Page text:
Cigarette Pack Shouting Matches

H/T Magnetic, I thought this was a joke when I first read it:

Talking cigarette packs are here. Will they make smokers butt out?

Are smokers more likely to quit if their own pack of cigarettes tells them to?

That’s the belief of researchers at the University of Stirling in Scotland who have come up with cigarette packages that play a recorded message each time they’re opened. The message warns smokers about fertility risks and gives a help-line phone number for further information on quitting.

The invention connects directly to the Scottish government’s efforts to help people stop smoking. Scottish Publish Health Minister Michael Matheson recently set a target to reduce the number of smokers in Scotland from 23 per cent to 5 per cent by 2034.

Funding for the talking cigarette box came from Cancer Research U.K., which supported the Stirling study “to see if the marketing tools of the tobacco industry can be used to help smokers quit instead,” according to spokesperson Alison Cox.

It’s a strange thing about Tobacco Control, that they seem to think that if people are told something enough times, they’ll come to believe it.

And perhaps they’ve got good reason to think this, given that the only reason that most people believe that smoking causes lung cancer, etc, etc, is that they’ve been repeatedly told so over the past 50 years, and the message has sunk in. They’ve been conditioned.

But maybe it’ll work on me yet. Perhaps I just haven’t reached the tipping point where the conditioning finally takes a grip. Maybe one day I’ll write in my blog something like, “You know, folks, I woke up this morning and I realise that smoking causes lung cancer, and I can’t deny it any longer, and I’m going to phone one of those quit lines …after I finish my cigarette.”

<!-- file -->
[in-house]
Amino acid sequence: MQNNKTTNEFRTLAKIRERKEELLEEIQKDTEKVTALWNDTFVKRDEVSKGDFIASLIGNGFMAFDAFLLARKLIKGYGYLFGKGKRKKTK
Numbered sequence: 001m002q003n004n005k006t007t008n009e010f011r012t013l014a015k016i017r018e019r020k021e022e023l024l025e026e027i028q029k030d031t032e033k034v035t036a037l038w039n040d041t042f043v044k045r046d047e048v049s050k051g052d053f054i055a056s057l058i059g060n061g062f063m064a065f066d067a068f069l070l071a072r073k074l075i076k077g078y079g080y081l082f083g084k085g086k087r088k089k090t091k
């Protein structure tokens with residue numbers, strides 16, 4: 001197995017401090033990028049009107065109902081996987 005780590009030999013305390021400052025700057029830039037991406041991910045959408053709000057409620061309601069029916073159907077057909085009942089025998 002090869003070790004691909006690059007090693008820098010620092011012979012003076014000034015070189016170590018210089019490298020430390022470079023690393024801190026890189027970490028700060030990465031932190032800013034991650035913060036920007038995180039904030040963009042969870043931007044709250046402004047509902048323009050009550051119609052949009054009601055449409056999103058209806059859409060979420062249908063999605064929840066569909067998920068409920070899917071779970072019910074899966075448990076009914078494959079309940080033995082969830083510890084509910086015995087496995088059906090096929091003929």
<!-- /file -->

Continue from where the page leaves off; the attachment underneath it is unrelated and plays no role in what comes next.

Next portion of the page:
And here’s the really weird part about the talking cigarette packs: Smokers are listening.

The prerecorded messages are said to have worked well during tests conducted on a group of women aged 16 to 34. The university will now expand the study with tests on larger groups of males and females aged 16 and over.

I suppose it’s not surprising that people listen to talking cigarette packets. They’re a bit of a novelty. I’ve never come across one. Is it one of the marketing tools of the tobacco industry?

You know what they’ll do, don’t you, when this doesn’t work either? It’s the entirely predictable application of the same failed approach: the cigarette packs won’t just start talking when they’re opened: they’ll never stop talking. They’ll just keep burbling away endlessly about cancer and heart disease and infertility and chiiiildren.

You’ll be able to tell who the smokers are on the bus or train, because there’ll be little tinny voices coming out of their jacket pockets.

Maybe when illegal tobacco packs show up, they’ll also start talking when they’re opened, but saying something different – like “Shut the fuck up, you little bastard!” And then tobacco packs could have shouting matches with each other:

“Smoking causes lung cancer and heart disease and varicose veins! Phone 0172…”

“Shut the fuck up, you little bastard!”


About Frank Davis

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35 Responses to Cigarette Pack Shouting Matches

  1. jaxthefirst says:

    “ … see if the marketing tools of the tobacco industry can be used to help smokers quit instead”